When relieved at Rialto, I was sent to San Dimas, a little town about forty miles north of Los Angeles. This would be a permanent job for me and paid $50.00 per month. There were three of us at this station: the agent, a Mr. Rhoads, and an apprentice operator, a lad by the name of Jones. I didn't get along too well with this young man as he was several years my senior and was also married. He was quite jealous of me on account of me having a better job and being so much younger, but that wasn't my fault and I didn't worry too much over it.
I liked the little town very much. There was a large orange and lemon packing house there, it being in the middle of the citrus belt, and was quite a busy place.
I found a room in a rooming house up stairs over the local pool hall. This room cost me $1.25 a week, and was run by the wife of the man who ran the pool hall. It being handy to the pool hall, I used to spend most of my evenings downstairs in the pool hall. It was here I learned to play poker. There was a pretty rough bunch of men hanging around there, and was not too good for a young fellow away from home for the first time.
I found a good place to board at the local bakery, which was run by a German couple. They were very nice people and spread a table family style, and they served very good meals at $4.00 per week. They had about twenty boarders. The place was very popular, and I enjoyed my meals at this place very much.
On my first pay day after graduation, I got my bonus of $85.00. And with my first month's pay of $50.00 I felt pretty rich. I sent a money order for $40.00 home to Mother and made a down payment on a new L. C. Smith typewriter.
On Sundays when the weather was nice, instead of attending church, the boys I ran around with would chip in and we would buy a keg of beer and take it down in the canyon at the edge of town. We would player poker and drink beer all day, and this was what we called a good time.
A short time after I went to work at this job, the apprentice, Jones, quit this job and went to work in the bank, where he could make more money. I didn't miss him much, as we didn't get along together any too well. The young boy that took his place was kind of a wild kid several years younger than I was. He wasn't very responsible, and had a bad habit of raiding cellars at night and would bring in the loot, consisting mostly of bottles of beer. I would never go with him, but I do remember on several occasions helping him drink the beer. He didn't last very long on the job. I do not know ever happened to him after he left the Railroad.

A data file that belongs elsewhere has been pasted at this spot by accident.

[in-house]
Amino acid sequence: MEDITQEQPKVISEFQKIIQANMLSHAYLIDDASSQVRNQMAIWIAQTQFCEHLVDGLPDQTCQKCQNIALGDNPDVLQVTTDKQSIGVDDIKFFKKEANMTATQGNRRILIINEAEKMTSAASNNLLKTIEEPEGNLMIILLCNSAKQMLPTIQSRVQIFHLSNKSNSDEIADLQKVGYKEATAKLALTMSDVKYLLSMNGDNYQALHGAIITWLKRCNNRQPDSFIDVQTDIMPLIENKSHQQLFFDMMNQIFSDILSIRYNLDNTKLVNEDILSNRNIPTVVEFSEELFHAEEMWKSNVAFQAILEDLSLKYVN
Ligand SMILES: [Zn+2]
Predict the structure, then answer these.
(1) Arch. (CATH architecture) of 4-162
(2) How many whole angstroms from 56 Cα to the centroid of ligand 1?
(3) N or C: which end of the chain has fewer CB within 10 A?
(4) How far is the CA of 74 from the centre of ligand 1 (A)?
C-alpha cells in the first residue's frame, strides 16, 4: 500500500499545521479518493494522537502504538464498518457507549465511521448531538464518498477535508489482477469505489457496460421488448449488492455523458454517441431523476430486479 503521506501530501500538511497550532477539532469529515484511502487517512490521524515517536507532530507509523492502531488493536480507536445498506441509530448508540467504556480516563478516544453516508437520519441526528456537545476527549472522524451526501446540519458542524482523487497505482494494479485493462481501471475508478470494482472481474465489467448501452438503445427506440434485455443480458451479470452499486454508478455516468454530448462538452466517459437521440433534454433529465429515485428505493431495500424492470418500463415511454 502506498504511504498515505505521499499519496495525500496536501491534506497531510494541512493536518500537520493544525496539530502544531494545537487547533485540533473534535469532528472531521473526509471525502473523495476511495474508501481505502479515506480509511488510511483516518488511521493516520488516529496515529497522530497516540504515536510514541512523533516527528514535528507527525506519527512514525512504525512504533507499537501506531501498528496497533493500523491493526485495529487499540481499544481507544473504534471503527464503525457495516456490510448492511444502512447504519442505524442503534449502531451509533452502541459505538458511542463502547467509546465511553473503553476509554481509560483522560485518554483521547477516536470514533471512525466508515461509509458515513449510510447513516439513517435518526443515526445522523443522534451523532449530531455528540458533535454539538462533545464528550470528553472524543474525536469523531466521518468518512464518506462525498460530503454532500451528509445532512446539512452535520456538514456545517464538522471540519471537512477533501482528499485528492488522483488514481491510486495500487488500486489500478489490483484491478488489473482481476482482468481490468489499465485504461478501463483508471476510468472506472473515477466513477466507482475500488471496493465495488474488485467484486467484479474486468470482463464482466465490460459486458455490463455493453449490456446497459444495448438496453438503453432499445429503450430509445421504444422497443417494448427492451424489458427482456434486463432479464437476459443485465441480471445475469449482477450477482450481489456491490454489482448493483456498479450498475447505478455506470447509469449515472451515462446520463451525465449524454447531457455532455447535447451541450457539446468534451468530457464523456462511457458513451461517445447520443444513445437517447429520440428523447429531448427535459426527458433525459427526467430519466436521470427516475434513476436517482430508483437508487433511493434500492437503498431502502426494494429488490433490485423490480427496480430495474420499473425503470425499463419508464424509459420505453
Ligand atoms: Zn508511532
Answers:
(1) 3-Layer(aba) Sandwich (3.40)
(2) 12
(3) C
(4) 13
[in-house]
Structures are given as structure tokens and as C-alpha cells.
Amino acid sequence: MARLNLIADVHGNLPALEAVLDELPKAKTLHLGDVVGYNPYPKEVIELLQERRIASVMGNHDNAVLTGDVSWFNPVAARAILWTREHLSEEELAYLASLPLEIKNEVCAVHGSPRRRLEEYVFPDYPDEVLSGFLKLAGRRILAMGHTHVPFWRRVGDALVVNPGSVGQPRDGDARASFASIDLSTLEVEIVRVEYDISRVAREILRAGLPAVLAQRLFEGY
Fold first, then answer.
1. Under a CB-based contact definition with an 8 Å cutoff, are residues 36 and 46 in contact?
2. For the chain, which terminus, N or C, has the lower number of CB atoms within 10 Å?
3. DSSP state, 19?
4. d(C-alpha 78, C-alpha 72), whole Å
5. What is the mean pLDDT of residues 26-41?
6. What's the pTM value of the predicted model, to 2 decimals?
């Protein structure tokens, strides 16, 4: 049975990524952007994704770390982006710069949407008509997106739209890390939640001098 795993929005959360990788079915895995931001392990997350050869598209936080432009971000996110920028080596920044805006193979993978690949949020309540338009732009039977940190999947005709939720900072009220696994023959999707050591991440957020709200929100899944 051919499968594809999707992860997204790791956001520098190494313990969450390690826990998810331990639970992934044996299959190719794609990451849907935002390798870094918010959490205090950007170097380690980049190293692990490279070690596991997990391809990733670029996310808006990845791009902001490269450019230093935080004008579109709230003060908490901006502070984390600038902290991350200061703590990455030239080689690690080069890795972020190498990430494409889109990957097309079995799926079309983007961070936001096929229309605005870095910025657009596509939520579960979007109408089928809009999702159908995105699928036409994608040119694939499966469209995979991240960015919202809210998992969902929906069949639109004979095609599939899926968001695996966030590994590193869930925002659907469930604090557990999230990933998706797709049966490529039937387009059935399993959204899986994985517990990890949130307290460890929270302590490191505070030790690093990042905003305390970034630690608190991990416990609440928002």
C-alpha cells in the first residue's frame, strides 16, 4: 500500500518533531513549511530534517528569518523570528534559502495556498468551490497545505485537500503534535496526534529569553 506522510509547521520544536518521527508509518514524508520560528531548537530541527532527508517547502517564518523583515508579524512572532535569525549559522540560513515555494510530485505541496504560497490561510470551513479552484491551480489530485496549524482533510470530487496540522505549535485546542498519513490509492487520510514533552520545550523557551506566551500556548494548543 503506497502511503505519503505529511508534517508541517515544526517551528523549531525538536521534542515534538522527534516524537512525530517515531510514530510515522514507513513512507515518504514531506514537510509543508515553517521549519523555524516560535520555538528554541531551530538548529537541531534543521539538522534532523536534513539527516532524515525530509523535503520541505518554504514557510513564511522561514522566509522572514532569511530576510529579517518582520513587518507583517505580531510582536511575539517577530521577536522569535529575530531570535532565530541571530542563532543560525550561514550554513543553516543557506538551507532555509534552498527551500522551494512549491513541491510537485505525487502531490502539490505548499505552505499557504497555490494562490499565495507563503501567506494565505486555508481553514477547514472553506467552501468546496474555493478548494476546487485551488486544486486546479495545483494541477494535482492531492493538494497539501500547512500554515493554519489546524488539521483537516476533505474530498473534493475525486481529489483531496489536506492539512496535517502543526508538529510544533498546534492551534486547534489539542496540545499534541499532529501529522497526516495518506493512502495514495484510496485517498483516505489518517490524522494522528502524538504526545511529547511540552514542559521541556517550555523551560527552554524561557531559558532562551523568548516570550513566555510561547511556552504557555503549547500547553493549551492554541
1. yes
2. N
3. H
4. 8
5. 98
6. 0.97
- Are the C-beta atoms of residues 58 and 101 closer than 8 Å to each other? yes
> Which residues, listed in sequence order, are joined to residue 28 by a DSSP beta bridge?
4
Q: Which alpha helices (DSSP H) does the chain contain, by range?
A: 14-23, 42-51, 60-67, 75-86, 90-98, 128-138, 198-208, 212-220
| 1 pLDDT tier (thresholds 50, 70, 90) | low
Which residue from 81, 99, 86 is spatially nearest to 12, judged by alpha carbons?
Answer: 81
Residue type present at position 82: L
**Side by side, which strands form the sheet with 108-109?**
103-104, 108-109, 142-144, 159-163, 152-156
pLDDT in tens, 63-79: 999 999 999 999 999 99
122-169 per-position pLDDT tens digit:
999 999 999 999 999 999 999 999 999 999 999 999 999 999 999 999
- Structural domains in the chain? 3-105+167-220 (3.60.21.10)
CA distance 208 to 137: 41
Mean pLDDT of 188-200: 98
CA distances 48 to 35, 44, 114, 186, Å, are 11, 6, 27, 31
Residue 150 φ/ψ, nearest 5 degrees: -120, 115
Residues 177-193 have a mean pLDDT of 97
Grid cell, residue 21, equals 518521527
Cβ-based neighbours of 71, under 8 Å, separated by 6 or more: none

Things ran along pretty smooth with me. I liked my job and was learning something new everyday.
There was a long passing track along side the main line. I remember one time a carload of lumber was spotted on this track, and I wanted to move it down the track a little ways. I got pinch bar and got the car started, and then climbed upon the car to wind up the brake when the car had gone far enough to suit me. The brakes wouldn't work, and the car kept going faster and faster; and I couldn't stop it, so I finally gave up and jumped off the car. The car went on down to the end of the passing track, where a new derail had just been installed to keep cars from going onto the main line. It was a good thing the derail was there, for this car of lumber hit the derail and overturned, scattering lumber all over the place. I was really scared, and I thought this would be the end of my railroad career. I got off pretty light that time. I had seven demerit marks placed against my record.